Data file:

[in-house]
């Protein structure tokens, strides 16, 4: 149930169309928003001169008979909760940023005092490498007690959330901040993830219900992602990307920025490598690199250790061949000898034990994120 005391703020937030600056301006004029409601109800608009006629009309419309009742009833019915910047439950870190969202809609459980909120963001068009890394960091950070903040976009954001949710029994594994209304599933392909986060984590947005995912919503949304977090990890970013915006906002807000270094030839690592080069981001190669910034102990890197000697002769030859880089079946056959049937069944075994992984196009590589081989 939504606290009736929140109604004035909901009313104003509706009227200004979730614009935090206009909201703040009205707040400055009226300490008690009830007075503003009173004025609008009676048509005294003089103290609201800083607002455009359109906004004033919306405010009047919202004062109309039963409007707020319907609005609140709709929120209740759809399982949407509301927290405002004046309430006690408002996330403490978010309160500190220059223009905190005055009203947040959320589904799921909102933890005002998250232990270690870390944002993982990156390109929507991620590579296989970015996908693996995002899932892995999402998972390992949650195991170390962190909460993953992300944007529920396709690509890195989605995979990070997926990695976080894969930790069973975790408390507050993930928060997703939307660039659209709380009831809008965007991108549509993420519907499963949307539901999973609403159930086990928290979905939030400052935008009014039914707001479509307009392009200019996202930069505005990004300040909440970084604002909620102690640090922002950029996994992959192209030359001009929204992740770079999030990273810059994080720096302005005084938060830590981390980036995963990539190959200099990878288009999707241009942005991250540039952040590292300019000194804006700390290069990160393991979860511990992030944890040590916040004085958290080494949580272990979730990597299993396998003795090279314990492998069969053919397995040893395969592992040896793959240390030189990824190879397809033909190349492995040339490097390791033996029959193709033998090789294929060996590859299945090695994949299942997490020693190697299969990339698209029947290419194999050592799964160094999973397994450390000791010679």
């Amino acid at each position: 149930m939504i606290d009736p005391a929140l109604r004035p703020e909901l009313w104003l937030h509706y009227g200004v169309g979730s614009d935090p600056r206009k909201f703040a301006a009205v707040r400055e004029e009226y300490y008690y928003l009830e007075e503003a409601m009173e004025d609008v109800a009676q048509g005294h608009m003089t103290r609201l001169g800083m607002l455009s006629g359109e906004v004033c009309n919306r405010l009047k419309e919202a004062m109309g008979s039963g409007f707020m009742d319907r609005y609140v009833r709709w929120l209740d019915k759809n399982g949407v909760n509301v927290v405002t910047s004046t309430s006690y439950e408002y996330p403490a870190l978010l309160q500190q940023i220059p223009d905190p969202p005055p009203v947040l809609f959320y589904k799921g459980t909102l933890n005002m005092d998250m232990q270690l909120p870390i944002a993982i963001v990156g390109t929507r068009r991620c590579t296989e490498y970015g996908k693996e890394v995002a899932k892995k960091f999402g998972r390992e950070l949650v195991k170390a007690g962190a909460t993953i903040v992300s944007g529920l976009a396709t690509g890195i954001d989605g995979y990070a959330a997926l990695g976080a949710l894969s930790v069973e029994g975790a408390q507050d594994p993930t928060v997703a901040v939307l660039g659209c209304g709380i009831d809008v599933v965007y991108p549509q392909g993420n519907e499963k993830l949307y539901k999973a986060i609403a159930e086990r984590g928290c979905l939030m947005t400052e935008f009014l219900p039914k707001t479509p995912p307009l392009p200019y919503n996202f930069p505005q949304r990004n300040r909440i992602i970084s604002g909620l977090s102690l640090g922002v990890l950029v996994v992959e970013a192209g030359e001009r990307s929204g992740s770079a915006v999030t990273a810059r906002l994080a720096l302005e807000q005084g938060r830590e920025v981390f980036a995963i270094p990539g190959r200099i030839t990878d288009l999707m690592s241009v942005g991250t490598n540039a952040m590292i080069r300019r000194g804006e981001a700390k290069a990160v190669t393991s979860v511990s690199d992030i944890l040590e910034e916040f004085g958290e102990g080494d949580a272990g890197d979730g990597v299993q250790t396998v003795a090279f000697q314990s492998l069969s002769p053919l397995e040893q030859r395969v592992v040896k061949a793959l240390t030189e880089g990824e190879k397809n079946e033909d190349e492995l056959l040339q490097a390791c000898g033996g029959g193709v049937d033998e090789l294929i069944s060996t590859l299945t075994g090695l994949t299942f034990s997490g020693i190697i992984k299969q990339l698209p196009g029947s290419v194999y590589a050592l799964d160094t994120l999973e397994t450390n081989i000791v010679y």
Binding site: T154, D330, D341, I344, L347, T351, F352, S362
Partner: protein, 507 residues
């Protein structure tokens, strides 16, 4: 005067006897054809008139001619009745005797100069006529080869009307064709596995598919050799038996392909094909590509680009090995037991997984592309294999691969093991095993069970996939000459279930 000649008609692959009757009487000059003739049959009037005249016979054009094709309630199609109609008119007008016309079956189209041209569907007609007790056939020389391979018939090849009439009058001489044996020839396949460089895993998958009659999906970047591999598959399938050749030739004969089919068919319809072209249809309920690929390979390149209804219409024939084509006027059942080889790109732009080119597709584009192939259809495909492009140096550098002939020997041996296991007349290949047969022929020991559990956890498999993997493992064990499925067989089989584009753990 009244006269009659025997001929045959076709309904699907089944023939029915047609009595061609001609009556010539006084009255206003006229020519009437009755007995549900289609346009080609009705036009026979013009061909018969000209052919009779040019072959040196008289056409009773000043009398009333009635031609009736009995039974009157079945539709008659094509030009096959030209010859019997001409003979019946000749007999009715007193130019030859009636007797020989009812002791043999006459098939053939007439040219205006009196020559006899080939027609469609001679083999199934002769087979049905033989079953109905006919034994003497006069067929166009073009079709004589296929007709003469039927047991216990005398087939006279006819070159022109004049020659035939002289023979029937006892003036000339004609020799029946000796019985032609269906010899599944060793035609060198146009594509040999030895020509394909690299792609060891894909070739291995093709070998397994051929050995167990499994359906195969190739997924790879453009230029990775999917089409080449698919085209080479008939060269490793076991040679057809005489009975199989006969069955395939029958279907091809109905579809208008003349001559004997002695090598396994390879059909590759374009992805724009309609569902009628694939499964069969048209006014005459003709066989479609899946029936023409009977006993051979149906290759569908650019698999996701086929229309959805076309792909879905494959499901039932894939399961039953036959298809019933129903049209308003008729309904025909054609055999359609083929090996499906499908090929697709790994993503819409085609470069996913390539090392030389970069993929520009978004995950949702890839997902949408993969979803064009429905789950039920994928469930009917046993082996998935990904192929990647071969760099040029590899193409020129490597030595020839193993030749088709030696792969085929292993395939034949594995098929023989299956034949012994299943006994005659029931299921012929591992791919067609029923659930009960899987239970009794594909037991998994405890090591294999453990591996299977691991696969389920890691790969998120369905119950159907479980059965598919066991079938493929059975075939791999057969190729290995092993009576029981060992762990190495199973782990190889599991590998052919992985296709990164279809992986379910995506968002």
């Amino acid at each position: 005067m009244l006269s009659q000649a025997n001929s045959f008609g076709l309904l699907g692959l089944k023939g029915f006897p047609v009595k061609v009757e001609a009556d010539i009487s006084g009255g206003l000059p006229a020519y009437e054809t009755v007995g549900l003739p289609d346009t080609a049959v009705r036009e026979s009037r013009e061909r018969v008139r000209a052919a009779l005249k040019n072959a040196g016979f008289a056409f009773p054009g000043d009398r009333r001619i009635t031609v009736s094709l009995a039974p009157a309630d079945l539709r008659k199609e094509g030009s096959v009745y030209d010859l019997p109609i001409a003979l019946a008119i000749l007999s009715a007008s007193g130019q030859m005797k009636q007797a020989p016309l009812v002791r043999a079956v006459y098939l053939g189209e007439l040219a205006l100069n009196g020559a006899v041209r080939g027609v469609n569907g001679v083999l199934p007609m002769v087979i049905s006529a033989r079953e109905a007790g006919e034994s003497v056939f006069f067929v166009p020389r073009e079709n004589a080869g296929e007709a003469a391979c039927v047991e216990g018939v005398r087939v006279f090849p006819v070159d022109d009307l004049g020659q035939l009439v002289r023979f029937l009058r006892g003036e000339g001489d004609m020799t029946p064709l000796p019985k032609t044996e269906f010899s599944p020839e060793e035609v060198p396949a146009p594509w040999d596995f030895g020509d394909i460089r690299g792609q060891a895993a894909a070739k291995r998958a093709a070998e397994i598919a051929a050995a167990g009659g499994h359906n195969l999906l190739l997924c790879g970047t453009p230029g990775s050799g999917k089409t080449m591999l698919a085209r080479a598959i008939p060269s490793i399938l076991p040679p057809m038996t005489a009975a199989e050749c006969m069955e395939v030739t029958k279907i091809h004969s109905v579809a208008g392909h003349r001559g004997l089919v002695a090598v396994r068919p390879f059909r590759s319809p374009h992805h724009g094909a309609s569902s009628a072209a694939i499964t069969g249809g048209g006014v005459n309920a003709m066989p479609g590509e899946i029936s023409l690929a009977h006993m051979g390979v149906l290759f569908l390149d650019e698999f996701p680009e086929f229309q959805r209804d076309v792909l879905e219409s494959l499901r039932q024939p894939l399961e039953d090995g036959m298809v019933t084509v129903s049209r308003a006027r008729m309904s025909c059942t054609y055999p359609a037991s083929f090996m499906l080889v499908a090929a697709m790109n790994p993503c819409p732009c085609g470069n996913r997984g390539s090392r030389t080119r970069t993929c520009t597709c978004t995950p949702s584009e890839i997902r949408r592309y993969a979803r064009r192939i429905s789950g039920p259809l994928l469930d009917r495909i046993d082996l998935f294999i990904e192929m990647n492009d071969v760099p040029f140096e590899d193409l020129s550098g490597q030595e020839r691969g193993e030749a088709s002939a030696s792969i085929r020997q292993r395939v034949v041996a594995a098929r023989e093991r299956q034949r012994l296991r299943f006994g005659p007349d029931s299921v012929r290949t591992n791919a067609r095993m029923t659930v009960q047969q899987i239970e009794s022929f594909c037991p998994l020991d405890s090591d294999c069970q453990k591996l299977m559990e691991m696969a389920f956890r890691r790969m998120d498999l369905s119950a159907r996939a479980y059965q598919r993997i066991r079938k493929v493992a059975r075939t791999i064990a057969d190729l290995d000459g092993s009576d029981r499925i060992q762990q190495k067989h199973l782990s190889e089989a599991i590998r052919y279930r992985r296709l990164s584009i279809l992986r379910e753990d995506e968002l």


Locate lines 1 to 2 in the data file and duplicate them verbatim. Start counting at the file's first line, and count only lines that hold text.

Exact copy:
[in-house]
């Protein structure tokens, strides 16, 4: 149930169309928003001169008979909760940023005092490498007690959330901040993830219900992602990307920025490598690199250790061949000898034990994120 005391703020937030600056301006004029409601109800608009006629009309419309009742009833019915910047439950870190969202809609459980909120963001068009890394960091950070903040976009954001949710029994594994209304599933392909986060984590947005995912919503949304977090990890970013915006906002807000270094030839690592080069981001190669910034102990890197000697002769030859880089079946056959049937069944075994992984196009590589081989 939504606290009736929140109604004035909901009313104003509706009227200004979730614009935090206009909201703040009205707040400055009226300490008690009830007075503003009173004025609008009676048509005294003089103290609201800083607002455009359109906004004033919306405010009047919202004062109309039963409007707020319907609005609140709709929120209740759809399982949407509301927290405002004046309430006690408002996330403490978010309160500190220059223009905190005055009203947040959320589904799921909102933890005002998250232990270690870390944002993982990156390109929507991620590579296989970015996908693996995002899932892995999402998972390992949650195991170390962190909460993953992300944007529920396709690509890195989605995979990070997926990695976080894969930790069973975790408390507050993930928060997703939307660039659209709380009831809008965007991108549509993420519907499963949307539901999973609403159930086990928290979905939030400052935008009014039914707001479509307009392009200019996202930069505005990004300040909440970084604002909620102690640090922002950029996994992959192209030359001009929204992740770079999030990273810059994080720096302005005084938060830590981390980036995963990539190959200099990878288009999707241009942005991250540039952040590292300019000194804006700390290069990160393991979860511990992030944890040590916040004085958290080494949580272990979730990597299993396998003795090279314990492998069969053919397995040893395969592992040896793959240390030189990824190879397809033909190349492995040339490097390791033996029959193709033998090789294929060996590859299945090695994949299942997490020693190697299969990339698209029947290419194999050592799964160094999973397994450390000791010679």